June 16, 2024


Three weeks after one of Brazil’s worst-ever floods hit its southernmost state, killing 155 people and forcing 540,000 from their homes, experts have warned that water levels will take at least another two weeks to drop.

The death toll across Rio Grande do Sul is still increasing daily, and more than 77,000 displaced people remain in public shelters, prompting the state government to announce plans to build four temporary “tent cities” to accommodate them.

On Friday, the state’s governor, Eduardo Leite, said the costs to rebuild will be “much higher” than the 19bn reais (£2.9bn) he initially estimated.

Several cities are still underwater, including the state’s capital, Porto Alegre, where 46 of the 96 neighbourhoods were flooded. Even residents of non-flooded areas have had to endure days without electricity and potable water.

Of the seven main rivers in the state, five are still above the maximum water level, and experts say there is little hope the waters will recede anytime soon.

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“These rains were typical of the climate crisis: very intense, with a large volume of water concentrated in a short period”, said Anderson Ruhoff, professor at the Institute of Hydraulic Research (IPH) of the Federal University of Rio Grande do Sul.

In just three days, the state saw the amount of rain normally seen over four months.

The storm caused overflowing in the Taquari, Caí, Pardo, Jacuí, Sinos and Gravataí rivers, all of which flow into the Guaíba, a massive body of water which runs through Porto Alegre.

In just 48 hours, the water level of the Guaíba rose to more than 5 meters, overwhelming drainage dykes, and floodwaters poured through the city. Dyke containment systems failed to contain the water.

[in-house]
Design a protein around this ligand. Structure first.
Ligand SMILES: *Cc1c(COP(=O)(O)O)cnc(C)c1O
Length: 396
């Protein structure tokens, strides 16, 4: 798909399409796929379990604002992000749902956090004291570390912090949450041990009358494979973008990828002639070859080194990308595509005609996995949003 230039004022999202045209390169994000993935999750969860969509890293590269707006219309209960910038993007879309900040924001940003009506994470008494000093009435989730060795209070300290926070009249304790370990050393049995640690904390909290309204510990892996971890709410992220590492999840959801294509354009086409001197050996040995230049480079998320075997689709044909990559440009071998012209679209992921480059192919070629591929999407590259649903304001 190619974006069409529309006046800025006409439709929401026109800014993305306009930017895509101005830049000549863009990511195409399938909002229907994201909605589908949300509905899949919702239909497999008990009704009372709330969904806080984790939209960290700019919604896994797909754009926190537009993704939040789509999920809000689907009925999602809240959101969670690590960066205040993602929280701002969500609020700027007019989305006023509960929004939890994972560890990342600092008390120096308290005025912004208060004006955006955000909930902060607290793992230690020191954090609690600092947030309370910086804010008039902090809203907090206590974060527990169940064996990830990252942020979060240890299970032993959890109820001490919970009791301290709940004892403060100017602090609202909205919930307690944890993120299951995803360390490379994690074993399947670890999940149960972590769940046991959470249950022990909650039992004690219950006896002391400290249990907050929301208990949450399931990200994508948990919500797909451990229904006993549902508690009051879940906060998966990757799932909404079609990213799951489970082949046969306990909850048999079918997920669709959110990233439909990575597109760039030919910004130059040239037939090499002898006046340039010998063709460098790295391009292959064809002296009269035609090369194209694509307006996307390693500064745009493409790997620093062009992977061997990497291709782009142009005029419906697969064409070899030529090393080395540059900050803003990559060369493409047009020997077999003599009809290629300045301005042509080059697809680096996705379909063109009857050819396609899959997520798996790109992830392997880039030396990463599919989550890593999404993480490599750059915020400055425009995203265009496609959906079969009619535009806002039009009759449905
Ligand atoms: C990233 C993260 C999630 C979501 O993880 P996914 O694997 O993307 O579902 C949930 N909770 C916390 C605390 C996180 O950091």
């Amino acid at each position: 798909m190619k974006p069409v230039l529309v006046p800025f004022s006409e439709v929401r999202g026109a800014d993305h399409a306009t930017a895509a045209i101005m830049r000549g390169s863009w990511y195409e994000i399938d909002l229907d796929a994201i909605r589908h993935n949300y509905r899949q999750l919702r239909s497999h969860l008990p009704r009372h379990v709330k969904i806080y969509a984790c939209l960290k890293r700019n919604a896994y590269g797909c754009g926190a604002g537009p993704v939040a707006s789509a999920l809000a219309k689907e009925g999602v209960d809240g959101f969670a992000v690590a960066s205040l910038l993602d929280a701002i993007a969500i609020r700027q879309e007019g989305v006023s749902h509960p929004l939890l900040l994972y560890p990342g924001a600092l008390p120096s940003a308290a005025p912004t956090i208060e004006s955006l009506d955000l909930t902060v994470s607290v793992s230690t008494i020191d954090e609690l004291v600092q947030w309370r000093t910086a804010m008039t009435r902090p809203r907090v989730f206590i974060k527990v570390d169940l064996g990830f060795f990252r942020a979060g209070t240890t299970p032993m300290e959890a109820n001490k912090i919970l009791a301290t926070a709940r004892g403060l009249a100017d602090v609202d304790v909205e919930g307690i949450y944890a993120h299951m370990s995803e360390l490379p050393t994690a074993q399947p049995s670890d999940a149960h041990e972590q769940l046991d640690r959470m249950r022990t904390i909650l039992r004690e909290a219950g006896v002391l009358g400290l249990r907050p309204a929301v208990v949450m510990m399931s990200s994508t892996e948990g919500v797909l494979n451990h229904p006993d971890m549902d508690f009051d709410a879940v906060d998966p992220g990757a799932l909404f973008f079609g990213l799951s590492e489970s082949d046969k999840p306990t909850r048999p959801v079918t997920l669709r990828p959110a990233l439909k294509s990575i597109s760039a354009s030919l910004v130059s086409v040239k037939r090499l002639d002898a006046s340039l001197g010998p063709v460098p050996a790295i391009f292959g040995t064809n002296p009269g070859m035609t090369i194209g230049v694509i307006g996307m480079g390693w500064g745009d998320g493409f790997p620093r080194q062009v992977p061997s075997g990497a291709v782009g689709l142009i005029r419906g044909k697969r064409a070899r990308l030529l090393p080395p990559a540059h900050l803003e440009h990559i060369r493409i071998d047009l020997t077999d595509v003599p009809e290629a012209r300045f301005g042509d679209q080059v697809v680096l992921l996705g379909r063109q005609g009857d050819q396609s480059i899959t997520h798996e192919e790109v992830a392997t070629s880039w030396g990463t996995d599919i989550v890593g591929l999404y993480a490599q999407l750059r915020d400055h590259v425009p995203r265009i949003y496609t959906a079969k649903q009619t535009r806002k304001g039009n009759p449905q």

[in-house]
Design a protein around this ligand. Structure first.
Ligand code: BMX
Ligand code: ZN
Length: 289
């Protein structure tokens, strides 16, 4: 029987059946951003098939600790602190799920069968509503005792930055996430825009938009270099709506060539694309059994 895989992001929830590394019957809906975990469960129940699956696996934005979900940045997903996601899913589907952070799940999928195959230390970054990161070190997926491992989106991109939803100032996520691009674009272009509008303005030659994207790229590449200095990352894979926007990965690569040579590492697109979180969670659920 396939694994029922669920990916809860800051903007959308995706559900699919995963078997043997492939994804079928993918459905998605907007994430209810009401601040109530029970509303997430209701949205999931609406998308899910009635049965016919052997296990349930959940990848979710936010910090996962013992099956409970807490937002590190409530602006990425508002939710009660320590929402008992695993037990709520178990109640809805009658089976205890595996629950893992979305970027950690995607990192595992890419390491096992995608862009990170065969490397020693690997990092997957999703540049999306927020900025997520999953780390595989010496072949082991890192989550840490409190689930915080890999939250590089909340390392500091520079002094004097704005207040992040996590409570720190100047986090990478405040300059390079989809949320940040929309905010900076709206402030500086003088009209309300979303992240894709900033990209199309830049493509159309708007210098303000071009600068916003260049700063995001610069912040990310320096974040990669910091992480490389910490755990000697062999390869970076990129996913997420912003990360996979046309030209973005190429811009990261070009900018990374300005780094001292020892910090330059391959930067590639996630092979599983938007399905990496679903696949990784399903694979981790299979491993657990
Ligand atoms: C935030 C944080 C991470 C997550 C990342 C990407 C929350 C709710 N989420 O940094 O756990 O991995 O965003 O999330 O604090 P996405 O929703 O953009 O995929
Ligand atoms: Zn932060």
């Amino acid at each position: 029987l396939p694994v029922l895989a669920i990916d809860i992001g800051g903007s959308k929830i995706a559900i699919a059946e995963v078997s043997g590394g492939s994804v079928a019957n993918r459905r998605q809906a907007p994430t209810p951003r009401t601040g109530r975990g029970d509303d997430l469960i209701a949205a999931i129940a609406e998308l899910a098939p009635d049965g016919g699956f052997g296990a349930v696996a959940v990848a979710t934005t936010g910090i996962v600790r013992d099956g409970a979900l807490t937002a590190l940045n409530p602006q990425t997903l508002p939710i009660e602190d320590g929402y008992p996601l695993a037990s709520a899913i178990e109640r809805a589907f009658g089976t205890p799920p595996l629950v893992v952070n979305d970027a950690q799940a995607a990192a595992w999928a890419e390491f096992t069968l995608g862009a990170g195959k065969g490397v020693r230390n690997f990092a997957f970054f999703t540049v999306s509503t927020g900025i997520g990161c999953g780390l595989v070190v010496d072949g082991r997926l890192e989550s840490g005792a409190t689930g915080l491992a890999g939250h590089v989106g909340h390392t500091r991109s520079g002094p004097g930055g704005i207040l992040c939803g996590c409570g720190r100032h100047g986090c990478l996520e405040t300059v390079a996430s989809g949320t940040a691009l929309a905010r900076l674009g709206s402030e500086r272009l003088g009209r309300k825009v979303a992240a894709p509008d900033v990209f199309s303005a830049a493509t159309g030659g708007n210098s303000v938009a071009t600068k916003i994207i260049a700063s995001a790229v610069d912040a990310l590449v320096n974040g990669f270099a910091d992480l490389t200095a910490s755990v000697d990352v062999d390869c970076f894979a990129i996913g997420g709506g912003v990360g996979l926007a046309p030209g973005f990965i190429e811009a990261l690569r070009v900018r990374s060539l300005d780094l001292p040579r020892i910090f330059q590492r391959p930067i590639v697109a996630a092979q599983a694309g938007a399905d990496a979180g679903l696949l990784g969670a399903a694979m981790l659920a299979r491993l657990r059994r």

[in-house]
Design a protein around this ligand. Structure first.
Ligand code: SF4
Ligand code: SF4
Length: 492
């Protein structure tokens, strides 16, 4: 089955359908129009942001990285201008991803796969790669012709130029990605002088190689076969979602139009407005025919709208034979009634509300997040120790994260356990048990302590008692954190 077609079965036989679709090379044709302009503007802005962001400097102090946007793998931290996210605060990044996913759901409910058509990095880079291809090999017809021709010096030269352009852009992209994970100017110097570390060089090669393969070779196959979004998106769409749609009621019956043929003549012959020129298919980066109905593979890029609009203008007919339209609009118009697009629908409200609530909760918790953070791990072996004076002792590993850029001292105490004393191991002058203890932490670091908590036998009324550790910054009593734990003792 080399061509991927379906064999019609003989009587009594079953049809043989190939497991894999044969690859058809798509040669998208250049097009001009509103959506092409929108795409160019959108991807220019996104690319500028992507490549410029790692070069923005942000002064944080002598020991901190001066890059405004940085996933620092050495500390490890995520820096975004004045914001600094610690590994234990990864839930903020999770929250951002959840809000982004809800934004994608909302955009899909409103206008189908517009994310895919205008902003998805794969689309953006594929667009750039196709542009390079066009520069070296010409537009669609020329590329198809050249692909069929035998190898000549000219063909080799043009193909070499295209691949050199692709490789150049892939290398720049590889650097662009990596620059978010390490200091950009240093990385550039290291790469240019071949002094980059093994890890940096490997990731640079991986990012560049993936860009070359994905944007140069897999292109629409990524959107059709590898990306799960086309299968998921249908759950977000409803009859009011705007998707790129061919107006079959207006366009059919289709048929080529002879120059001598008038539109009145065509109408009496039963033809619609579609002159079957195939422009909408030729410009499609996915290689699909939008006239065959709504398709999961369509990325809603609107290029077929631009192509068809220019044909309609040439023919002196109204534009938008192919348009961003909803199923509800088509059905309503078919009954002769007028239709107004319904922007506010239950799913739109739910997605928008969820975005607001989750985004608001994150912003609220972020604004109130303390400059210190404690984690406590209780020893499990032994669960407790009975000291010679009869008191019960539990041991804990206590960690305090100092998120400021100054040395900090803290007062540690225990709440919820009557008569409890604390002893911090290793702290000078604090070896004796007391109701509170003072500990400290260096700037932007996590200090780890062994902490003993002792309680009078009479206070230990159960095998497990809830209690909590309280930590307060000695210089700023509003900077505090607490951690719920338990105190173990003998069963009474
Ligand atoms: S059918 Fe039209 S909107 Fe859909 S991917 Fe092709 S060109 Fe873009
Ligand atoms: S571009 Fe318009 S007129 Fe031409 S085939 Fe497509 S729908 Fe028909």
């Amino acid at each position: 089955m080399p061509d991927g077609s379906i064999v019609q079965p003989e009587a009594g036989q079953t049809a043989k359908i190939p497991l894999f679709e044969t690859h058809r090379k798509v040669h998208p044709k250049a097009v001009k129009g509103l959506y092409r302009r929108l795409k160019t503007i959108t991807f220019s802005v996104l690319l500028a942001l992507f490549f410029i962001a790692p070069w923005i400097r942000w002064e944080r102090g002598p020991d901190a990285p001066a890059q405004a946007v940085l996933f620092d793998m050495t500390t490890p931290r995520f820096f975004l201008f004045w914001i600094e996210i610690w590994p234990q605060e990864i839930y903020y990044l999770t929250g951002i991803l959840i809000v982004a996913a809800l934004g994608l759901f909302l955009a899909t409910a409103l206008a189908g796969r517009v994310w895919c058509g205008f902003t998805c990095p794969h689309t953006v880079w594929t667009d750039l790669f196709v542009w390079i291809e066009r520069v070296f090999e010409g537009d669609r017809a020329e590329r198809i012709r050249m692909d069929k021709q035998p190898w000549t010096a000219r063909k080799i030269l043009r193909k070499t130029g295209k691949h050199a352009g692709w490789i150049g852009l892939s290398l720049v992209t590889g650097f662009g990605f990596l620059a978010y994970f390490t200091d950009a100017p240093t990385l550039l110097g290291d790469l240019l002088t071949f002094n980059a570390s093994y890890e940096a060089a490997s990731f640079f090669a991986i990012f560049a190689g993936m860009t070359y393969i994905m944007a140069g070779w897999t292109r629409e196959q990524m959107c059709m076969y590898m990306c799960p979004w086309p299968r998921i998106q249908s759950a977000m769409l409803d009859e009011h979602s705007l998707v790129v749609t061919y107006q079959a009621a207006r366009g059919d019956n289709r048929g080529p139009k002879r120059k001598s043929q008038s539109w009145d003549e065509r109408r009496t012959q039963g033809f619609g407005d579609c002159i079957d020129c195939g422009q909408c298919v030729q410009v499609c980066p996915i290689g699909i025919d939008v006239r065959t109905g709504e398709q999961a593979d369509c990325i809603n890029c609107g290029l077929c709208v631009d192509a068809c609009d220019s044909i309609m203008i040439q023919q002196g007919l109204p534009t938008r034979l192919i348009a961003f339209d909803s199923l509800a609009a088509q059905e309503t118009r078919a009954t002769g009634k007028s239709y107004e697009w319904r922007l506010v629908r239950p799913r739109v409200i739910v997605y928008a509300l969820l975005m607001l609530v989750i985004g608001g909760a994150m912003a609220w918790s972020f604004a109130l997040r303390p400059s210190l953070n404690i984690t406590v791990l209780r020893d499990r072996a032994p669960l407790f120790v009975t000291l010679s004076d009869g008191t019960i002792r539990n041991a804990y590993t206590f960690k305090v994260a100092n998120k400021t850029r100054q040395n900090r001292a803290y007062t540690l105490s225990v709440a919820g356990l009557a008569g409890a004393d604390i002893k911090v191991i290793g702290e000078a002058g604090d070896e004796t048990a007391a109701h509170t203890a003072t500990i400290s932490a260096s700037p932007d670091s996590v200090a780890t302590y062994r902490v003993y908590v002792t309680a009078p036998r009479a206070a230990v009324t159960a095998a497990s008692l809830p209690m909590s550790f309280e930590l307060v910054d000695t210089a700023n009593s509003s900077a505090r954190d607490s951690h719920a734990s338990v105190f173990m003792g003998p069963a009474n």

The stadiums of the region’s two biggest football teams, Grêmio and Internacional, found themselves underwater forcing matches to be delayed.

Since then, the rains have eased, but the floods persist – and the water levels are likely to remain high for days.

Rodrigo Paiva, another professor at IPH said that while water was gradually draining out of the Guaíba, more water was still coming in from upstream.

“There is still a large volume stored in the river floodplains above the Guaíba,” he said. “That’s why it is releasing water very slowly,” said Paiva.

Both he and Ruhoff believe that in the best-case scenario – which means if there isn’t much more rain – the floods will endure at least until the end of May.

“There is still a lot of water to drain,” said Ruhoff. “At this time of year, we have rain every five or seven days, which is happening now: the cold fronts are hitting the state and causing rain, which delays the drop in water levels.”

Meanwhile, a heatwave over central Brazil has prevented the cold front from moving northward, causing it to remain stalled over the south.

The disaster prompted Jeferson Tenorio, a celebrated novelist who was born in Rio de Janeiro but raised in Porto Alegre, to say that “Rio Grande do Sul as we knew it will never exist again.”

Tenorio, the 2021 winner of Brazil’s most prestigious Brazilian literature award, was lucky enough to live in an area less affected by the floods, but he warned that the long-term impact of the disaster went far beyond physical damage.

“The state we knew will no longer exist,” he said. “Practically everyone has been affected in some way: physically, materially, or psychologically. [Rio Grande do Sul] can no longer return to what it was before.”



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